A Passion for Politics
Mikki Franklin always considered herself a quiet person.
That is, until she found herself lobbying on Capitol Hill.
Franklin received this once-in-a-lifetime opportunity as part of an internship she had last summer in Washington, D.C., at the American Israel Public Affairs Committee (AIPAC), which is ranked the third most influential lobbying group in the United States.
In order to pursue this opportunity, Franklin worked with Allegheny’s Career Education Office, which is part of the Allegheny Gateway. The office arranged for Franklin to receive assistance from the Dotson Fund to help with costs associated with living in D.C.
“Since I’m kind of a quiet person, I never thought I’d be able to do something like lobby on Capitol Hill,” Franklin says. “The experience gave me the opportunity to interact with Congresswoman Mimi Walters and her staff, which taught me how to talk to people in a professional setting.
“And since AIPAC was heavily in the press at the time, it was a historic moment to be a part of,” she adds. “That’s when I started to develop my interest in politics.”
Franklin says she also learned a bit about politics from traveling to Israel during her junior year as part of an independent study abroad program through Allegheny. She spent six months in Jerusalem, where she did a research internship under a Palestinian woman at the Harry S. Truman Institute for Peacemaking.
As part of this experience, she wrote a literature review for a project the woman is working on about media and its influence in the Arab world.
Franklin says Allegheny’s International Education Office, also part of the Allegheny Gateway, helped her to prepare for the trip.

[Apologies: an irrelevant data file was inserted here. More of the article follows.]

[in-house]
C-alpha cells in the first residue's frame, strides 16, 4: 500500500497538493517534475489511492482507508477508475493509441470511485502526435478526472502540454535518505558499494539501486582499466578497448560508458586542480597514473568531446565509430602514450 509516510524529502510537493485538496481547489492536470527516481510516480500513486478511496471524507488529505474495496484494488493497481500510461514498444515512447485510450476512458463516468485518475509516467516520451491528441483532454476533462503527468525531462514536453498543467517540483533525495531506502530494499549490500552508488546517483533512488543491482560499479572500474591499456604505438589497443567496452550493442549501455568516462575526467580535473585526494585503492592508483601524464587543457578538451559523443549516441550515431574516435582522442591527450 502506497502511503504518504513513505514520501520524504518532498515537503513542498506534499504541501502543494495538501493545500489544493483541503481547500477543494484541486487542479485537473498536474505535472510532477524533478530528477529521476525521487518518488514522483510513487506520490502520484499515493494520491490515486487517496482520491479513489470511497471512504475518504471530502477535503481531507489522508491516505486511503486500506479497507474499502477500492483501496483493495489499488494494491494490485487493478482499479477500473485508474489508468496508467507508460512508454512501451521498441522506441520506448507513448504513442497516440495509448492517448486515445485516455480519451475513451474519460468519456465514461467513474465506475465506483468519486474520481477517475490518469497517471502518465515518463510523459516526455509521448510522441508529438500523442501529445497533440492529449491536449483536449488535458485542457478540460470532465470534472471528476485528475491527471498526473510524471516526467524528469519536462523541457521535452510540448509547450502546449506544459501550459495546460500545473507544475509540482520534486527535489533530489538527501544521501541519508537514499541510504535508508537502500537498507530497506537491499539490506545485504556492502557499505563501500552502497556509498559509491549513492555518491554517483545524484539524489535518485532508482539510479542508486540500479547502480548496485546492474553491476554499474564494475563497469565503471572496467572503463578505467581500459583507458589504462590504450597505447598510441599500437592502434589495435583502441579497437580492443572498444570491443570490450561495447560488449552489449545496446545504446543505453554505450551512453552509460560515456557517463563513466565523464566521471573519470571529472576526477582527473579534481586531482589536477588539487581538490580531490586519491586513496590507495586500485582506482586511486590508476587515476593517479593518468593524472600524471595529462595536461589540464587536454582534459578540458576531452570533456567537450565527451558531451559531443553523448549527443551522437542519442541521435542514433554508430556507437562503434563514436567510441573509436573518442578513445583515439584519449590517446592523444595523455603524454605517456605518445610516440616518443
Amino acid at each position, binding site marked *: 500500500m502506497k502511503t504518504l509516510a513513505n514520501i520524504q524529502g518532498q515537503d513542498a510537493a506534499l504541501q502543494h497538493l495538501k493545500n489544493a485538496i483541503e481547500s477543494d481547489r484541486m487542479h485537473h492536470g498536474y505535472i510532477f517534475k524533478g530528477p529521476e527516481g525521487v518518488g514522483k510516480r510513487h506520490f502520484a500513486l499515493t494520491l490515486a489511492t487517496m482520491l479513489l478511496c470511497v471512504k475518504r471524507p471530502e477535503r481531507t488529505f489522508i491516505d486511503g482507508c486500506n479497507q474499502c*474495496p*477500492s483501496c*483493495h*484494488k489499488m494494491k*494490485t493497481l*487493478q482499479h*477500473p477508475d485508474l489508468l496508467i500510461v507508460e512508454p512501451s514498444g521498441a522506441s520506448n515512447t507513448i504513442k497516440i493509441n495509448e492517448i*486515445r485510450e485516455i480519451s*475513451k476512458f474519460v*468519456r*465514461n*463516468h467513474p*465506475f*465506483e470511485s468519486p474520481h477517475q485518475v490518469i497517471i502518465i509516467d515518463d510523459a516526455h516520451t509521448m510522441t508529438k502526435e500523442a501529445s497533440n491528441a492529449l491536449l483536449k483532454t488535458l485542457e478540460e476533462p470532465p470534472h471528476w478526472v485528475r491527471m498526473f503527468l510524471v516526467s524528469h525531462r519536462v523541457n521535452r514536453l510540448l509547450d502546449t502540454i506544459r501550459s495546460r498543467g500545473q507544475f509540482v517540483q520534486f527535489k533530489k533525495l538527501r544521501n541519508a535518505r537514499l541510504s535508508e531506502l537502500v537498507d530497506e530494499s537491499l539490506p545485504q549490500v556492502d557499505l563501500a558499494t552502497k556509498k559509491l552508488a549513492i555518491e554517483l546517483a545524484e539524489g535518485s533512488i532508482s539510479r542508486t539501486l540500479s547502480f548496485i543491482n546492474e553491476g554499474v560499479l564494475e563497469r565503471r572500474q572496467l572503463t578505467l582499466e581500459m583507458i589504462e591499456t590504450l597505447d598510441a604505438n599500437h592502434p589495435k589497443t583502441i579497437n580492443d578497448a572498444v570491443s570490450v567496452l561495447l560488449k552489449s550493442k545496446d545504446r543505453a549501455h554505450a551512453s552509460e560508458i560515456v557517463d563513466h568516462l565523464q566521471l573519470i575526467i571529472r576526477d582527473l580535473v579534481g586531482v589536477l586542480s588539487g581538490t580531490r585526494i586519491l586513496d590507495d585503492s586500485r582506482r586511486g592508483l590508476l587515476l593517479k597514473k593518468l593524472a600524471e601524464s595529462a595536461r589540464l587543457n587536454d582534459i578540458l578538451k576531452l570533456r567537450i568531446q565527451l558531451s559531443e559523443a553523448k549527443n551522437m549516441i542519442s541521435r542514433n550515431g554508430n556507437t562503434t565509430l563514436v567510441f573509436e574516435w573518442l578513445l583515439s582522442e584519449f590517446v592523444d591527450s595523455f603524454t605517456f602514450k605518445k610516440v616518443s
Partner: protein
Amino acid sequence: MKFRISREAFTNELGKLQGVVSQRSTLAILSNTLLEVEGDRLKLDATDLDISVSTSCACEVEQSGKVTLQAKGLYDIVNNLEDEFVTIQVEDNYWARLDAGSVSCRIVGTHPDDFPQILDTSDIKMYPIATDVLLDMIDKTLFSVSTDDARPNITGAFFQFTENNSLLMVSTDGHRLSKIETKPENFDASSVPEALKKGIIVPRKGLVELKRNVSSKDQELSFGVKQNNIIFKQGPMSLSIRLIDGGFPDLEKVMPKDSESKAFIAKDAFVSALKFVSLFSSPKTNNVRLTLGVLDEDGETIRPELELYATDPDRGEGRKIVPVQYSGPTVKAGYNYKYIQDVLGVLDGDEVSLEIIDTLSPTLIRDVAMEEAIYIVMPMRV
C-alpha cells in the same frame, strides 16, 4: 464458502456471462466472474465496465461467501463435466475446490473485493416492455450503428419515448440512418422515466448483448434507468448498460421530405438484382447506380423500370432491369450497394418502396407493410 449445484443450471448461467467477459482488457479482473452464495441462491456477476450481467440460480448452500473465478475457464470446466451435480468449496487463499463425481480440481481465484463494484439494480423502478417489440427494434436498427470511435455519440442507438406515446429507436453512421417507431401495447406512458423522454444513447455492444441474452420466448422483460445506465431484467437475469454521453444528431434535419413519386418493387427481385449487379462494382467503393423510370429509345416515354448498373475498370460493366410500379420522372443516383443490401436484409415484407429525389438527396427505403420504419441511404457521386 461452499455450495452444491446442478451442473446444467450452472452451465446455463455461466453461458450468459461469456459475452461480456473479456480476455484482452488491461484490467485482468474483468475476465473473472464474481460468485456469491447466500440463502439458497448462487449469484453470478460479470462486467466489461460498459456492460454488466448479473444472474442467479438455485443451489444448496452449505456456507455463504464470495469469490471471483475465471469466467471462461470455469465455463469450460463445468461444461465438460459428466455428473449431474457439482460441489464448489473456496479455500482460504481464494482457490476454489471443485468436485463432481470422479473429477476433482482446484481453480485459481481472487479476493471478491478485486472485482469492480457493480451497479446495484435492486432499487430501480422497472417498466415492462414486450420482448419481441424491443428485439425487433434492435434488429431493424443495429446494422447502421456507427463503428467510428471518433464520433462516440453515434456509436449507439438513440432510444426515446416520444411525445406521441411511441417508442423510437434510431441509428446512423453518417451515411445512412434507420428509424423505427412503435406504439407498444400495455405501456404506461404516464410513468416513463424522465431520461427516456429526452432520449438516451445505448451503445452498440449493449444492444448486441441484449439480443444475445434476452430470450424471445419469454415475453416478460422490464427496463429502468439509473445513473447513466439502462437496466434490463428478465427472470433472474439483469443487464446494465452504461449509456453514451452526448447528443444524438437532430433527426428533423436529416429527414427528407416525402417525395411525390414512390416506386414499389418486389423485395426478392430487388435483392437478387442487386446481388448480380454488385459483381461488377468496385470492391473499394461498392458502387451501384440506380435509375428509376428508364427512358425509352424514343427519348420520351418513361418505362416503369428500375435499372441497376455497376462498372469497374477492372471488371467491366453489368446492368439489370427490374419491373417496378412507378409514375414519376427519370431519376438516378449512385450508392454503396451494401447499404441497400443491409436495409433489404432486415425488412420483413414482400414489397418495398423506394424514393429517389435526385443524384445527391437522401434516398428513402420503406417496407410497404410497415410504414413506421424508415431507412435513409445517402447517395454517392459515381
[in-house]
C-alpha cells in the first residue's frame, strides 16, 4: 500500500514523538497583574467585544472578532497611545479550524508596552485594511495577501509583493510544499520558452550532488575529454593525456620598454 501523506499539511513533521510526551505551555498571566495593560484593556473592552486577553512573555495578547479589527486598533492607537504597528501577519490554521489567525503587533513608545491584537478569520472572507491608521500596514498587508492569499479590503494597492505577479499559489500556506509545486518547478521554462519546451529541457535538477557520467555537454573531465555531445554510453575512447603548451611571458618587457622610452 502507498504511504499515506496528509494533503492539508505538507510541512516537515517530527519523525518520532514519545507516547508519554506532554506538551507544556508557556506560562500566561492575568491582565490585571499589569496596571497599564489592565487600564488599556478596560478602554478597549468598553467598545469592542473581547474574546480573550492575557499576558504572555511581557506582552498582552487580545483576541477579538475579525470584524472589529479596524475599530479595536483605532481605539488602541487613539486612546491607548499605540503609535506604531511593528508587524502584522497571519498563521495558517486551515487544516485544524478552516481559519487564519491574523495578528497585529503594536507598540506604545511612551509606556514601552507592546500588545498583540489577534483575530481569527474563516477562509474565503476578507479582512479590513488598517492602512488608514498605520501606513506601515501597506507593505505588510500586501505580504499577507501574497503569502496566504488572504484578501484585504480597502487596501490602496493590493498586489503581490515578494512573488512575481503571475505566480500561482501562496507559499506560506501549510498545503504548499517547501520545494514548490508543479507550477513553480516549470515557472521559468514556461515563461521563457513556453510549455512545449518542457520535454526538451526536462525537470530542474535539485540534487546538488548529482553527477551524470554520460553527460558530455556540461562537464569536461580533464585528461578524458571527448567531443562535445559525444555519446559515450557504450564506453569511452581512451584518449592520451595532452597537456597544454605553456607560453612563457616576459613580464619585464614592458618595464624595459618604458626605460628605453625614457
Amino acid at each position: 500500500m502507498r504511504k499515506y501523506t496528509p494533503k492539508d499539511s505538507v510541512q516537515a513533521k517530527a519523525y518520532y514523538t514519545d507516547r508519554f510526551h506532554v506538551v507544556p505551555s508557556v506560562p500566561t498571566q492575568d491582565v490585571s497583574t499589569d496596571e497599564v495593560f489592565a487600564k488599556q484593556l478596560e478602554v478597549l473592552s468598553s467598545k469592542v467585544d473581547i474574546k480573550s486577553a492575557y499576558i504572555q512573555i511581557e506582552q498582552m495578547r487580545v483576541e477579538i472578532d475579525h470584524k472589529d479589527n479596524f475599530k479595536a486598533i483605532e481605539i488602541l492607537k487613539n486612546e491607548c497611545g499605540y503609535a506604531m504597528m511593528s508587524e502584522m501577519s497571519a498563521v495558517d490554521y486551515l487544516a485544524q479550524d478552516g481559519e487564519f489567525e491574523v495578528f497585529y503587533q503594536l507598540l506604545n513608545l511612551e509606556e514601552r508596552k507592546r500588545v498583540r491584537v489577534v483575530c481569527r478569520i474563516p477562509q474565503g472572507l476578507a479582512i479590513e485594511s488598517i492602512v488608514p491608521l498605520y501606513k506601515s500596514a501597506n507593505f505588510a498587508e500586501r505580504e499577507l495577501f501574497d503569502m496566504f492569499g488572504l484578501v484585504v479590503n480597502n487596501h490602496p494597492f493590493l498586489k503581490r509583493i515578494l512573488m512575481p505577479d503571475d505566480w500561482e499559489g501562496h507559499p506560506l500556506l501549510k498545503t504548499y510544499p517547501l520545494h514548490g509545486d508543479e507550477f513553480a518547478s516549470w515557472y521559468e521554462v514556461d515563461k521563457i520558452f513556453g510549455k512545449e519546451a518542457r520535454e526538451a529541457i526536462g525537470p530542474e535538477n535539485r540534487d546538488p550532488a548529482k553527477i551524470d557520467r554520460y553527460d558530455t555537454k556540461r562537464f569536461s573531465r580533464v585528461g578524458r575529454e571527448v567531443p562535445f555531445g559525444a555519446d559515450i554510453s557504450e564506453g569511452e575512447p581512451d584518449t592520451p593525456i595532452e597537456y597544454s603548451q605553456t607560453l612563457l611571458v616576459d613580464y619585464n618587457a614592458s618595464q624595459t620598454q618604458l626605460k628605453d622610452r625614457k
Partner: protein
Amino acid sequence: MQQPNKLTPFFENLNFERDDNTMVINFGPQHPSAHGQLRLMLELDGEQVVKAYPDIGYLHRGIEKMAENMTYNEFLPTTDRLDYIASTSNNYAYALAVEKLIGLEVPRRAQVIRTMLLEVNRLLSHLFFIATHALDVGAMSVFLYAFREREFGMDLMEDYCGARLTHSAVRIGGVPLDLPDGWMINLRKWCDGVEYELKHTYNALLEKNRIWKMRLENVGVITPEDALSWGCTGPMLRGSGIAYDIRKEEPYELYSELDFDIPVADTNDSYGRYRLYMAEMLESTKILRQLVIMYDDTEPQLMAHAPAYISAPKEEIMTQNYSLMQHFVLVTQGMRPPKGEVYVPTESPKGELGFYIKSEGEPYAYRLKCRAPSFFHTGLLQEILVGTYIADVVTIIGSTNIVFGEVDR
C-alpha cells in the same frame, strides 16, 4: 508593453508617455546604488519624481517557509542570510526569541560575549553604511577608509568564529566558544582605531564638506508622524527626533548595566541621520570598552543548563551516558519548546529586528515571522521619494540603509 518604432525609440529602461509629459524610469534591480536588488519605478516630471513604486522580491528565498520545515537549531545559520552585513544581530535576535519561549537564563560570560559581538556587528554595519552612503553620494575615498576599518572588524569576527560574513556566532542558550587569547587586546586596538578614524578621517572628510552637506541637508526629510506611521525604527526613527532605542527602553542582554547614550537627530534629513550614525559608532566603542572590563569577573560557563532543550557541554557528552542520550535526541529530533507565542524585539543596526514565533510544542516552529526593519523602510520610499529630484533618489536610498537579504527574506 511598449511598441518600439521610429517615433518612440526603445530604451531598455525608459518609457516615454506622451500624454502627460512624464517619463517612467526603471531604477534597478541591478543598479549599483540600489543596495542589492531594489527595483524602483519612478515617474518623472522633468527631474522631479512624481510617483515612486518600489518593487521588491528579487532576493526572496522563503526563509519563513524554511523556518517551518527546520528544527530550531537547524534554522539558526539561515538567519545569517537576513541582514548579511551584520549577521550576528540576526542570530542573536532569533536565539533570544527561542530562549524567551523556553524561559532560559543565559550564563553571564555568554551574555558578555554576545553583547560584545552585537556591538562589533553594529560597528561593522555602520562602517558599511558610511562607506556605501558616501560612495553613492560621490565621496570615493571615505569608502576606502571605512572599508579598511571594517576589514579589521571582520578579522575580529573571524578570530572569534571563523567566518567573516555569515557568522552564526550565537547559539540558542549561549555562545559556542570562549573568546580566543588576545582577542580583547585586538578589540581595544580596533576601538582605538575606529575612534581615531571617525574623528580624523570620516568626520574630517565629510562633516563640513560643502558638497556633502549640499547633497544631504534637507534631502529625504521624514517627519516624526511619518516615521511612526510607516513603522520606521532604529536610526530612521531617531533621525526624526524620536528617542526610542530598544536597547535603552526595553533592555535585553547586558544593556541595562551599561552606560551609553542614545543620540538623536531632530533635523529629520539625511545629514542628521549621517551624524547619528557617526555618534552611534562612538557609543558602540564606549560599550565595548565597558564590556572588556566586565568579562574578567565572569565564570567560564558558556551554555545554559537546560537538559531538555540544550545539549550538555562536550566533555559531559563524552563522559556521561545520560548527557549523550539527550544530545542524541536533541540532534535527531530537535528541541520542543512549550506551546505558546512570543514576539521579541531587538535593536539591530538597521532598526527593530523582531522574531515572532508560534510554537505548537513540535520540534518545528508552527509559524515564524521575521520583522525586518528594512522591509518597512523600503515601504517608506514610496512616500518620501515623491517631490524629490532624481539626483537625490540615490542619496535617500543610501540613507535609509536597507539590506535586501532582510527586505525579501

“Israel was life-changing,” she says. “When you go abroad, you get immersed into a culture that isn’t your own. You learn how to become independent in a different country where you don’t necessarily know the language. It teaches you things about yourself and how to interact with other people.”
“Many people can be afraid to go abroad because it can be uncomfortable, especially if you don’t know anyone. But you have to be OK with that to really experience true values in life. You not only grow, but also get a better understanding of different cultures.”
In addition to the valuable experience Franklin gained abroad, she also has learned new skills through her involvement with the Center for Political Participation (CPP), part of the Allegheny Gateway. As a CPP Fellow, she works to foster politically focused conversations on campus, bring in relevant speakers, host special events such as voting drives and more.
“I haven’t always been interested in politics. But after my internship and then going to Israel, I wanted to help bring more Middle Eastern studies events to campus,” Franklin says. “That’s why I decided to apply to become a CPP Fellow.”
Franklin believes each one of these Gateway opportunities has influenced her future.
“After Allegheny, I’d like to pursue a job on Capitol Hill. I’m also looking into working at a think tank doing research,” she says. “I didn’t know I wanted this field until I had all of these experiences. I also discovered my true passions – Israel, nonprofit organizations and education.
“Some of the most profound experiences I’ve had are when I’ve taken risks,” she adds. “They teach you not only to challenge yourself, but also to challenge the way things are.”